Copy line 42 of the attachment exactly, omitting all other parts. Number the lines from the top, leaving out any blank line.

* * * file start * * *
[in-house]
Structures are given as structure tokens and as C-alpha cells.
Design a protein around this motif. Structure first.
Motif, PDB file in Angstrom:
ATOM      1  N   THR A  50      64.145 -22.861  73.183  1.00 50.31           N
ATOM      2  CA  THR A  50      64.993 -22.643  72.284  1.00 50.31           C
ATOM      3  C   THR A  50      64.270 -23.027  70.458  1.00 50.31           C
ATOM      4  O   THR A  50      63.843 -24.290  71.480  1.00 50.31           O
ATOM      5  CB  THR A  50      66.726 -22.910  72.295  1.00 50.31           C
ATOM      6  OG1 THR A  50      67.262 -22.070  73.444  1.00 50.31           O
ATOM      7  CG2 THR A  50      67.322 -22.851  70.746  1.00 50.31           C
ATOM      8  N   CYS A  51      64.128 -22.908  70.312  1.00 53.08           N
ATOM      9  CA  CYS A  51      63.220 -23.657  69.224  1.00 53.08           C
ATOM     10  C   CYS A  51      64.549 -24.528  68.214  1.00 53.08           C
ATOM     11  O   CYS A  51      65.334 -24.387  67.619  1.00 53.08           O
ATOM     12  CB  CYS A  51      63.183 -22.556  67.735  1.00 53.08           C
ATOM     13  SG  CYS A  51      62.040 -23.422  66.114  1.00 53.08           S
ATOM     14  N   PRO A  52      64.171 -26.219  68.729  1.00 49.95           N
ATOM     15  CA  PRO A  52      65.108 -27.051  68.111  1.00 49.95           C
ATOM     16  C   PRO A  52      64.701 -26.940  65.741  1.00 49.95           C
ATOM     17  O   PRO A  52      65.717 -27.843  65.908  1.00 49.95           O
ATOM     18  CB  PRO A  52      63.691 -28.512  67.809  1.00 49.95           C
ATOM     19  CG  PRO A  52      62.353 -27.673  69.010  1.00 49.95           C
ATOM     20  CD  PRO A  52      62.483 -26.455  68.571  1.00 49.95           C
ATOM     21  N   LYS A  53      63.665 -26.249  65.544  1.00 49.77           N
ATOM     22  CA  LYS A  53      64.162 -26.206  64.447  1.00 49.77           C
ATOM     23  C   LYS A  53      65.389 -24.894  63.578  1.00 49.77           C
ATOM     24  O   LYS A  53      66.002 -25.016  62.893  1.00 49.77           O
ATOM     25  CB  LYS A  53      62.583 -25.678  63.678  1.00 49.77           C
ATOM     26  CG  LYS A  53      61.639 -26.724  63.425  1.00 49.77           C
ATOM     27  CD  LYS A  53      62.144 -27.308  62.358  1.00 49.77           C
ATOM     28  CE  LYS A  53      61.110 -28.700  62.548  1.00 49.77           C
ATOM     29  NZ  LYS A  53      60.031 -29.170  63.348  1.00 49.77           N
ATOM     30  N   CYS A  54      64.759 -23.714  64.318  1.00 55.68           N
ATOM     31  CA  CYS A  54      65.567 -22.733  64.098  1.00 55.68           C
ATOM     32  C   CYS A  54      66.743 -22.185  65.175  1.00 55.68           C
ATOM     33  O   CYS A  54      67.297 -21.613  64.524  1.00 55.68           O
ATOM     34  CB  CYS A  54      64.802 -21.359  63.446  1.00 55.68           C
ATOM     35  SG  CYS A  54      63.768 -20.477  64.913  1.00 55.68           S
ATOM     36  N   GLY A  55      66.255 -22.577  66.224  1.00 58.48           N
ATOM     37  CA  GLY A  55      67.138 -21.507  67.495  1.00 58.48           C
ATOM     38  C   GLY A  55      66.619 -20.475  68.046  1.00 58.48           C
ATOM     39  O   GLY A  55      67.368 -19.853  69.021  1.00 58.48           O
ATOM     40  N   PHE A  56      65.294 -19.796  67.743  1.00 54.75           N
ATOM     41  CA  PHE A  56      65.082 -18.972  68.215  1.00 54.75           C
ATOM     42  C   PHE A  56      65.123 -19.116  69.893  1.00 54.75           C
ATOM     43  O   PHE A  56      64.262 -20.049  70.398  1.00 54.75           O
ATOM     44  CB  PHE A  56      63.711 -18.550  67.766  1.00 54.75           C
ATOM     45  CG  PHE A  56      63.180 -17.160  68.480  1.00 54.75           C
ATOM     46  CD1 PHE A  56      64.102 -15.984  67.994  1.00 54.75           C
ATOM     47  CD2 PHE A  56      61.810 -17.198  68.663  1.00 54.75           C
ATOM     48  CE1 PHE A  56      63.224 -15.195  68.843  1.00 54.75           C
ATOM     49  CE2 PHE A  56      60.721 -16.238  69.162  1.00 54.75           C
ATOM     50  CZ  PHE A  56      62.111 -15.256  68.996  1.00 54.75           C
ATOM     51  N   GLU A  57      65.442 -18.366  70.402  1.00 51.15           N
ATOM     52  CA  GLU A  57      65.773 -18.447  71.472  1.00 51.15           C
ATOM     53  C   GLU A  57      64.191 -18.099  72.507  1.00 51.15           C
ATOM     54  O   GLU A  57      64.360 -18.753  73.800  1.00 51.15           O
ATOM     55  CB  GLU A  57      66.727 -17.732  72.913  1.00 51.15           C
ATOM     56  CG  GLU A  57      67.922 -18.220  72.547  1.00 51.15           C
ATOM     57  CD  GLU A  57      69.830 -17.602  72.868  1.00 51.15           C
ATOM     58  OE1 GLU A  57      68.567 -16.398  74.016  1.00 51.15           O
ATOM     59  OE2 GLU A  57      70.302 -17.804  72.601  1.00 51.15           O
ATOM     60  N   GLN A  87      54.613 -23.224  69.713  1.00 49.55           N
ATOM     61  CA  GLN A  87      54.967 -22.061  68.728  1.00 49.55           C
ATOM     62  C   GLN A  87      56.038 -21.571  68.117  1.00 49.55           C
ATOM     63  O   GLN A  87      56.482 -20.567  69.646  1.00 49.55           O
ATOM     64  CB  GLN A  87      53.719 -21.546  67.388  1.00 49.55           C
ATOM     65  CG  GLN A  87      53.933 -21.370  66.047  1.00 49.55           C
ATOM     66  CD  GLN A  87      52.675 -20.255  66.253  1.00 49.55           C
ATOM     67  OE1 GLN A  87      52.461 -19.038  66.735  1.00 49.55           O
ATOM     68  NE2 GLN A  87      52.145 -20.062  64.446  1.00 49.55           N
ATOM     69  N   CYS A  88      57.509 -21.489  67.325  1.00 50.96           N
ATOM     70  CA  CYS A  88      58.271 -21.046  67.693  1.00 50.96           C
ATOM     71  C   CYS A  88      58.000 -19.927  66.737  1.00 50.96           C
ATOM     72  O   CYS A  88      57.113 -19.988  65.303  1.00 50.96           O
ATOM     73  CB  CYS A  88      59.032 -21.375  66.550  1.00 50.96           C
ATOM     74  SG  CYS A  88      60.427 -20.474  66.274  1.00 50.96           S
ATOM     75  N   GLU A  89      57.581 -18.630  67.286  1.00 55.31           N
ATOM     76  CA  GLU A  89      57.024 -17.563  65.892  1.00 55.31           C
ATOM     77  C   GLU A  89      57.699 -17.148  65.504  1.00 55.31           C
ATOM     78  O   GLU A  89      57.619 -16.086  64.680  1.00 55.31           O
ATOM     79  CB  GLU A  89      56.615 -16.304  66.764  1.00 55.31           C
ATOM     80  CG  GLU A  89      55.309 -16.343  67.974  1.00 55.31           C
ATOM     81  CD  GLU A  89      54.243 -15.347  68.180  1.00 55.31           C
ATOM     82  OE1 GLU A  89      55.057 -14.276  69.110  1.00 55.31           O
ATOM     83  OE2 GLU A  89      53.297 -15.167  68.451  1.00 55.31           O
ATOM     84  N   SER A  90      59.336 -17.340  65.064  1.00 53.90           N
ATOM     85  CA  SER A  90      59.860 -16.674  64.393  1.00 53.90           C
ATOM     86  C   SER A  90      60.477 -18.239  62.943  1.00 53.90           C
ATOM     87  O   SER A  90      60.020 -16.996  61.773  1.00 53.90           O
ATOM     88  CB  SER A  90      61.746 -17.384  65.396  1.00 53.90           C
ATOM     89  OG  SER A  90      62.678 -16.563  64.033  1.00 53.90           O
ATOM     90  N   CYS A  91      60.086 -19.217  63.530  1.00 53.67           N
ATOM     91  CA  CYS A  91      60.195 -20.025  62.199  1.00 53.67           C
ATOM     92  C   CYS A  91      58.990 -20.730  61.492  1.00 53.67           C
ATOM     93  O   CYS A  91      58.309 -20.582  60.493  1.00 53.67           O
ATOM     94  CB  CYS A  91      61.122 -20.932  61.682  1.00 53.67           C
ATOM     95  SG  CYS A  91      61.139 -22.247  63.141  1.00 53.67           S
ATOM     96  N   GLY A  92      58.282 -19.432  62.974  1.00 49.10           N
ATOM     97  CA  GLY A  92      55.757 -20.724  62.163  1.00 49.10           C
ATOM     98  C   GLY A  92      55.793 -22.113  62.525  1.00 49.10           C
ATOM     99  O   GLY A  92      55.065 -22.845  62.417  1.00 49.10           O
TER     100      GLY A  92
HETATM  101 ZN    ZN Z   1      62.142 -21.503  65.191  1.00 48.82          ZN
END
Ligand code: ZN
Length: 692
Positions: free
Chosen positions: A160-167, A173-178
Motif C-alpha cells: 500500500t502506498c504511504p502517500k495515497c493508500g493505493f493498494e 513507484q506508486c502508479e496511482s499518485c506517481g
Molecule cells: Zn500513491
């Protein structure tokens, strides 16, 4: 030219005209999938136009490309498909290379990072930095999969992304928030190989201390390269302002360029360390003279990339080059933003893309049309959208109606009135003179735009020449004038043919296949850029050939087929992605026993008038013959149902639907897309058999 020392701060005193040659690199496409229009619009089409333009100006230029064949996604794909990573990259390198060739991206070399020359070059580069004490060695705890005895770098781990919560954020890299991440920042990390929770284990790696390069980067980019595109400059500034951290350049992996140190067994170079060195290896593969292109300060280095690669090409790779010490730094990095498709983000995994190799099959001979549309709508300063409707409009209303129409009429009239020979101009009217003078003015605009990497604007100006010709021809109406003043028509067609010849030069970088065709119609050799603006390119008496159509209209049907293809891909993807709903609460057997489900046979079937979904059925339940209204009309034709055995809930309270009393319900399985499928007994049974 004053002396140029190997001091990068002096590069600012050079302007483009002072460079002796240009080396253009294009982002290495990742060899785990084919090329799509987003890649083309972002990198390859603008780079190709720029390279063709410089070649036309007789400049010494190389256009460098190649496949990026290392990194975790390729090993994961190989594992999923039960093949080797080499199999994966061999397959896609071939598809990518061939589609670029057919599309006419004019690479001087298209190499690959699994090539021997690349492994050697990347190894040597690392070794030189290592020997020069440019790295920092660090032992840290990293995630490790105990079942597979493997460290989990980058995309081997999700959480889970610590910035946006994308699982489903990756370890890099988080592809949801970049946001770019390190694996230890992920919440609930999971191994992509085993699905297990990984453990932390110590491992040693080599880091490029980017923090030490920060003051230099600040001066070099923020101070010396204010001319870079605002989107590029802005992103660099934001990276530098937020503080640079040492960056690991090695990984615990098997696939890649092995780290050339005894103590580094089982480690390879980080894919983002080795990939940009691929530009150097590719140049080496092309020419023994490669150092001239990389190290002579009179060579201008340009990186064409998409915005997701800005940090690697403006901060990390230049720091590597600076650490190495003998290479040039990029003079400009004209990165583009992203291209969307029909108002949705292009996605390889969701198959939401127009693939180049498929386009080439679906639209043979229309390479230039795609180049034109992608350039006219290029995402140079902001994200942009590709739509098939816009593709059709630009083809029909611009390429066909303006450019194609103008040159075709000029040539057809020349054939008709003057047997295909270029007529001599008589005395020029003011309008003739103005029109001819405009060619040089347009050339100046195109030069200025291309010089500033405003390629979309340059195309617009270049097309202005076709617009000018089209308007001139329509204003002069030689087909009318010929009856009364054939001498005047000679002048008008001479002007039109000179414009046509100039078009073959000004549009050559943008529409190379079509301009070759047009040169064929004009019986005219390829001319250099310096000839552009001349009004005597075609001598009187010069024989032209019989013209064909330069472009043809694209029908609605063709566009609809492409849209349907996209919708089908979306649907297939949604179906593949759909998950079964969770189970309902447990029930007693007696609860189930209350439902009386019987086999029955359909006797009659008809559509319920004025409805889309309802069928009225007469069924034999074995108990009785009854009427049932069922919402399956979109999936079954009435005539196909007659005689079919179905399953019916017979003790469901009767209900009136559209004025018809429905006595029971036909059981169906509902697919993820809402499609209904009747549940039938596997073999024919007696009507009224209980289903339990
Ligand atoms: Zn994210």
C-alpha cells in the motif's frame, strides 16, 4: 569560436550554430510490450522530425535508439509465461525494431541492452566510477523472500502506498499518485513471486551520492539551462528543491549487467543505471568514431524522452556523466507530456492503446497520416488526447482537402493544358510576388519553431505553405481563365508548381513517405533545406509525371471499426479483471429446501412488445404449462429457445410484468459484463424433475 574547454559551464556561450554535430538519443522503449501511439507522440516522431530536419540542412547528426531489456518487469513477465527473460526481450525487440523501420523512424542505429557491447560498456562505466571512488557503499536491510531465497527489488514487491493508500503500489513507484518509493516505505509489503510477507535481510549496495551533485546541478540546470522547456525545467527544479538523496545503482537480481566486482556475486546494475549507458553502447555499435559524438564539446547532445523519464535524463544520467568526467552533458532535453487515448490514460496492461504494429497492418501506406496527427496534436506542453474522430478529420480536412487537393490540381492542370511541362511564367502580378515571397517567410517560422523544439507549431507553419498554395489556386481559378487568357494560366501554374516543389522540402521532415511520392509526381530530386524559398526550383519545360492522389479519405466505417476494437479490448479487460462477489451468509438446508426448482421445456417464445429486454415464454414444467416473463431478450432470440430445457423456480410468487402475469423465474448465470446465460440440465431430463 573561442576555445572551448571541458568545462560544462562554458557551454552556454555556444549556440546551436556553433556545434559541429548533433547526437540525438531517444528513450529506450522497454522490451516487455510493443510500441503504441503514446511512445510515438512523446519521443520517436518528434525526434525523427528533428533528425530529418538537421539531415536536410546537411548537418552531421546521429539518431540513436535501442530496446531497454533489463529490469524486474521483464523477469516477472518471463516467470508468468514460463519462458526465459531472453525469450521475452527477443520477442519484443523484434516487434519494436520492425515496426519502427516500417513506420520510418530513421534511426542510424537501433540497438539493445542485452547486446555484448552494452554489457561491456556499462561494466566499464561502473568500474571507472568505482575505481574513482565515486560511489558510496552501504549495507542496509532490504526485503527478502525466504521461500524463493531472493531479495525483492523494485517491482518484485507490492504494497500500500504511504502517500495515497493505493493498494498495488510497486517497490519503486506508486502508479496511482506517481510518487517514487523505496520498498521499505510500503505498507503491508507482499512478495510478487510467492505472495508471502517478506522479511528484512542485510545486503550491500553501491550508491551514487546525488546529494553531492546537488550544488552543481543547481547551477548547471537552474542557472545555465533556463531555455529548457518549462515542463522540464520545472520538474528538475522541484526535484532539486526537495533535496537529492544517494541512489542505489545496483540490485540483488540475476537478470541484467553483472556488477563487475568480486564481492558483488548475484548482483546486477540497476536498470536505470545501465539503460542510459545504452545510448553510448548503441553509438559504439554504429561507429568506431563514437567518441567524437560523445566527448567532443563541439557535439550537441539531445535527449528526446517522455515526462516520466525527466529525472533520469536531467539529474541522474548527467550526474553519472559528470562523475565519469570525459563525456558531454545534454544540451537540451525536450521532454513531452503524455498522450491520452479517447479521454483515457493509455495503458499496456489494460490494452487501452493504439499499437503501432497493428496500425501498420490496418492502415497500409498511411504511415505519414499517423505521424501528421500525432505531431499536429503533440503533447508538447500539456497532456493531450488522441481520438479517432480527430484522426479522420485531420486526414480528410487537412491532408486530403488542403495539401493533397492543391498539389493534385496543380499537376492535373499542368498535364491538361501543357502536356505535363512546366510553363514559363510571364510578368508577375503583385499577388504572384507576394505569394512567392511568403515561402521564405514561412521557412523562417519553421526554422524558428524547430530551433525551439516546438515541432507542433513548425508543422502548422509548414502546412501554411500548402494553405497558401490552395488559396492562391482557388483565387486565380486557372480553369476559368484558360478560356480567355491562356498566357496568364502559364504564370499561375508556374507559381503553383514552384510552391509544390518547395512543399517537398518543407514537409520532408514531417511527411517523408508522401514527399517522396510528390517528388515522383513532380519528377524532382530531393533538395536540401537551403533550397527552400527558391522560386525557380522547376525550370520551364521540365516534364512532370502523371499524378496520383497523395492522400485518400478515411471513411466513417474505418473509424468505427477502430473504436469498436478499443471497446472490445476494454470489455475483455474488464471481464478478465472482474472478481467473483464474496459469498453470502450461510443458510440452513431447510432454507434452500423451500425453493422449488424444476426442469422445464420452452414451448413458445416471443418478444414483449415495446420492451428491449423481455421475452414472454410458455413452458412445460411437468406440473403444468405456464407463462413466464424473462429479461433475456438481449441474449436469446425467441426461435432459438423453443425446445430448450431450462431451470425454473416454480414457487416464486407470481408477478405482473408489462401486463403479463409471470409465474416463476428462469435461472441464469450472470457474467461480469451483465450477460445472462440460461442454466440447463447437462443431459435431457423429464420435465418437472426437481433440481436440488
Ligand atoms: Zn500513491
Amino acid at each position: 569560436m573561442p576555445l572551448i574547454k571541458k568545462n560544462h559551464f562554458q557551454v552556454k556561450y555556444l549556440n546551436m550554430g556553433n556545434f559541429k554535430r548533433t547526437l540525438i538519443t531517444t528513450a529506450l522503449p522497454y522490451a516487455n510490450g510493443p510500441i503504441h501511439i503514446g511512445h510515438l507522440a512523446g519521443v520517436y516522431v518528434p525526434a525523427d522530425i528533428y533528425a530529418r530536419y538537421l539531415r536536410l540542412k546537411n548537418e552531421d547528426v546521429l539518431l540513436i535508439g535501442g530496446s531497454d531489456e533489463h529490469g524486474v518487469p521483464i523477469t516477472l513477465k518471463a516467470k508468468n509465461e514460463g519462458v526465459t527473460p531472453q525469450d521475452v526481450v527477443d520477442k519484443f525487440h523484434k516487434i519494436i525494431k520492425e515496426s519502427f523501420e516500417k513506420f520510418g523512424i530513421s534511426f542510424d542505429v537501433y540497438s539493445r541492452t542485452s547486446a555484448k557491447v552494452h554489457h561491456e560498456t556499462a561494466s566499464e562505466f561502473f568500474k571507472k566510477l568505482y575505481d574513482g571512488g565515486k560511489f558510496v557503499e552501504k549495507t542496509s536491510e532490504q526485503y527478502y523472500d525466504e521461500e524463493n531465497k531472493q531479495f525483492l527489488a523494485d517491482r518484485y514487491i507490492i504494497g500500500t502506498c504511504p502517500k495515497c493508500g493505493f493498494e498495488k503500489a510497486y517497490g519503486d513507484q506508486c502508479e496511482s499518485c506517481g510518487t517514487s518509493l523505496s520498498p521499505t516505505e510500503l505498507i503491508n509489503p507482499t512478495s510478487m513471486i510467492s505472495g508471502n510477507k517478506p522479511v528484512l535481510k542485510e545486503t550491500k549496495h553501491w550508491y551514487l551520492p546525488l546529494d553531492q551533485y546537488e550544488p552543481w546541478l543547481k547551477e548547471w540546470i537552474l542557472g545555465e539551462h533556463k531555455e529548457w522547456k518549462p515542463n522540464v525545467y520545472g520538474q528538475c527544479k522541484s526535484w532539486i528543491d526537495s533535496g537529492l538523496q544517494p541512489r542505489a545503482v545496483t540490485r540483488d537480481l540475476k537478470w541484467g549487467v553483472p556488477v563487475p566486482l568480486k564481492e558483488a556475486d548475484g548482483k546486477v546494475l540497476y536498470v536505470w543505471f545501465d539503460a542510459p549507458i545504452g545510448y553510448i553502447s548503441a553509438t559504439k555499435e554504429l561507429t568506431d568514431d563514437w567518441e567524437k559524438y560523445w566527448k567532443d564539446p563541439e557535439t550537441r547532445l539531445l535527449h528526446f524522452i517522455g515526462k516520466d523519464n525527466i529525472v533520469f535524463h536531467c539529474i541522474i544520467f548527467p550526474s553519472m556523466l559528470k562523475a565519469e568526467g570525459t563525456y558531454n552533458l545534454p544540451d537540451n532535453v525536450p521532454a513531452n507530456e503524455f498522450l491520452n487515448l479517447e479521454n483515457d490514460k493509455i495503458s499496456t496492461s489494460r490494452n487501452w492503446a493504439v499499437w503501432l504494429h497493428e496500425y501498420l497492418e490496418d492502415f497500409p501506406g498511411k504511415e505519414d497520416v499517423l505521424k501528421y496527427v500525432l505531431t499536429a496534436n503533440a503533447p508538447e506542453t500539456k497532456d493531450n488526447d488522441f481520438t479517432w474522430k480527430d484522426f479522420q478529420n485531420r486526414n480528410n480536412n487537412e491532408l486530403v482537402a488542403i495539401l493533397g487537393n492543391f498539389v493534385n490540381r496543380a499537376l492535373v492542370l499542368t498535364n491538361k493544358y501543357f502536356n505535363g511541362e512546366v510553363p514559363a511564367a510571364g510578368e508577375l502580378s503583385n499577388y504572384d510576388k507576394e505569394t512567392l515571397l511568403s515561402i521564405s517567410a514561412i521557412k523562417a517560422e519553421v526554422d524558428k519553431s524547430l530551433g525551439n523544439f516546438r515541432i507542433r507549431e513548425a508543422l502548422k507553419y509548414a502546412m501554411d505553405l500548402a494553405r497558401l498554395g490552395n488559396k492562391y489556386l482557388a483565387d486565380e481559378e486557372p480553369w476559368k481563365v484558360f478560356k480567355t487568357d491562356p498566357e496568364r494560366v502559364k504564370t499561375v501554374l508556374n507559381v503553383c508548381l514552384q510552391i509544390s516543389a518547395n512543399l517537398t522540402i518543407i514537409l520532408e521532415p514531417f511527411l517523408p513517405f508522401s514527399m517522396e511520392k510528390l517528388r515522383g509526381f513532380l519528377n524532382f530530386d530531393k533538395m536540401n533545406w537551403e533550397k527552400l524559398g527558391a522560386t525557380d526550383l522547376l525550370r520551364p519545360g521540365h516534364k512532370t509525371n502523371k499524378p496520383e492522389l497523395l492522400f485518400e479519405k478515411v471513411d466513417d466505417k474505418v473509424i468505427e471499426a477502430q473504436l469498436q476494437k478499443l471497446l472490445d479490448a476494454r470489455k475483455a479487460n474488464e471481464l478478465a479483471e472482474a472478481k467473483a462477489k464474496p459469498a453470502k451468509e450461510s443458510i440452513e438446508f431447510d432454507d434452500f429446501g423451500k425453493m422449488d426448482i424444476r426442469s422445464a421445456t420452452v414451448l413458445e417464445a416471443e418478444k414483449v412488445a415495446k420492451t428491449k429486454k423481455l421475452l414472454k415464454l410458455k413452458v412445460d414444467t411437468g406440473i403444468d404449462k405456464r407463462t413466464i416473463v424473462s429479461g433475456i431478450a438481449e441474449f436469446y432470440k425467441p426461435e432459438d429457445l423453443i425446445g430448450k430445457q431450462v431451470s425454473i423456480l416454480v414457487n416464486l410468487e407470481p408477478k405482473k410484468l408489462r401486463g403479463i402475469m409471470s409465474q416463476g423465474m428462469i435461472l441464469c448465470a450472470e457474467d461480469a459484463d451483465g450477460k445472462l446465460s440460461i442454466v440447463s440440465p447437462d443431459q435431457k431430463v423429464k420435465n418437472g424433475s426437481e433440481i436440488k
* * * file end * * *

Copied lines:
ATOM     38  C   GLY A  55      66.619 -20.475  68.046  1.00 58.48           C